Candidates who didn’t reply:

Acklin, Bill (Councillor)

Adams, Chris (Councillor)

Cull, Dave (Mayor & Councillor)

Dixon, Malcolm (Councillor)

Fraser, Hamish (Councillor)

Fung, Ronald (Councillor)

Gourlie, Paul (Councillor)

Hall, Doug (Councillor)

Hope, Lyndon (Councillor)

Idour, Wayne (Councillor)

Johnstone, Neil (Councillor)

Lord, Michael (Councillor)

Newell, Damian (Councillor)

O’Malley, Jim (Mayor & Councillor)

Samson, Martin (Councillor)

Shepherd, Robert (Councillor)



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A change of scope is needed for Dunedin’s cycling network, but it is unclear what the DCC’s change in scope actually means, and higher standard cycleways are only part of the story.  

Spokes Dunedin has a vision for successfully realising the cycle network. We want everyone to be able to cycle from North Dunedin to South Dunedin, out both sides of the Harbour, and through the tunnels to Green Island and Mosgiel on a connected framework of city-spanning arterial routes that are safe, direct, and convenient to use.  This will focus work where there is a clear need for improved safety rather than on streets that are already relatively safe, and will create a solid initial network that can grow and develop in response to future demand.

The great thing is that there already exists some cycling infrastructure on many of the routes for this initial network.  Several things can be achieved by the end of this year that will help Dunedin catch back up to where it should be.

   To do in 2016

  1. Support NZTA to begin construction of the SH1 separated lanes by the end of this year.
  2. Fix Portobello Road – it’s already been two years.  We don’t need fancy landscaping, we just need the median barrier realignment so the road looks like a road and the cycleway looks like a cycleway.
  3. Complete the Wharf/Roberts intersection as agreed – it’s already been two years.  This intersection presents an identified safety risk on a high demand route.
  4. Continue the SH88 path through the rail corridor to the railway station, thereby providing an alternative to the cycle lanes on Anzac Ave (heavy freight route and high risk).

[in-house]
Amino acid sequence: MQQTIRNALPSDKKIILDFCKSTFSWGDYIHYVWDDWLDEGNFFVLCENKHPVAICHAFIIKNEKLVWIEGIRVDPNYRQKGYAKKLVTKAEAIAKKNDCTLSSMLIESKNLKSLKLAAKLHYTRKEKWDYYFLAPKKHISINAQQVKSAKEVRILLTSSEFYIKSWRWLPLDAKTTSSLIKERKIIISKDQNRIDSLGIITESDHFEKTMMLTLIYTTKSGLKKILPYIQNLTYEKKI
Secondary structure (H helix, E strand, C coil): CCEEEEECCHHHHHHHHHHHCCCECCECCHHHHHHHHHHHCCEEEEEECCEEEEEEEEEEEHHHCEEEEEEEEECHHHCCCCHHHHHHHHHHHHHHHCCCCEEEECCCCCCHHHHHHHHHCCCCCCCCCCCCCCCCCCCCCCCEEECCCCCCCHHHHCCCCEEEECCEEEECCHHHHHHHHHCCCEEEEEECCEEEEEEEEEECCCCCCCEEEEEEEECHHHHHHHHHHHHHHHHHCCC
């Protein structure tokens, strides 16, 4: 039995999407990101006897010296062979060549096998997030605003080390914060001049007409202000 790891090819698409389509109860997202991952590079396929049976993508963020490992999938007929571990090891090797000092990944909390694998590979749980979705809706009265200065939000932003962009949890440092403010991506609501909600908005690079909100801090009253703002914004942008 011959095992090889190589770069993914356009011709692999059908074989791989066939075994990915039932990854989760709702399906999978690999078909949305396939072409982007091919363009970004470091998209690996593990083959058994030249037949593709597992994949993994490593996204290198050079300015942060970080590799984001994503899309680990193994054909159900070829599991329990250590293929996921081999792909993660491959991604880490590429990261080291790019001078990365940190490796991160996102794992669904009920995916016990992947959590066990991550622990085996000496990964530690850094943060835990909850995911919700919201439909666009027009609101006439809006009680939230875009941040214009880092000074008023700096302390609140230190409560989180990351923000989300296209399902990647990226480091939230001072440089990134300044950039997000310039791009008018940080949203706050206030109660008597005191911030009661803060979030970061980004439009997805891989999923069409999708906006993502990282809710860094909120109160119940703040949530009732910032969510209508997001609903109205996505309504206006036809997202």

5. Create a separated cycle lane from the intersection of Andersons Bay/Strathallan, along The Oval, to Crawford Street in place of the existing cycle lane between two lanes of fast-moving traffic.
  6. Develop plans for a separated cycle lane on North Road and safety improvements for the Opoho intersection to tie in with NZTA’s forthcoming separated cycle lanes on SH1.  This route is of very high strategic priority.


Dunedin is a pro-cycling city, where a significant proportion of the population regularly cycles for recreation, transportation, or both.  Year after year, cycling is one of the most strongly supported and heavily submitted-on topics in the annual plan.  One of the biggest public consultation events in Dunedin history was held in 2013 regarding the proposed SH1 separated cycle lanes.  In addition to widespread media coverage, NZTA and DCC staff solicited input from the public at information booths in busy locations including the Golden Center, Toitu, and the University.  With over 2000 written submissions and roughly 800 survey responses, the SH1 separated cycle lanes received one of the highest response rates of any topic ever consulted on.  The result was overwhelming support for the proposed separated cycle lanes.  Independently, the AA undertook a survey of their local membership, with over 70% of the nearly 1500 respondents supporting the proposed separated lanes.  The overwhelming public demand and support for better cycling in Dunedin cannot be denied.

In response to this demand, the City rightly undertook to develop a Strategic Cycle Network.  But the South Dunedin portion of the cycle network has not delivered on the ambitions of the cycle network plan adopted in 2011.  Nothing has progressed in the last year, leaving half-finished elements scattered around, with other things ripped out without consultation.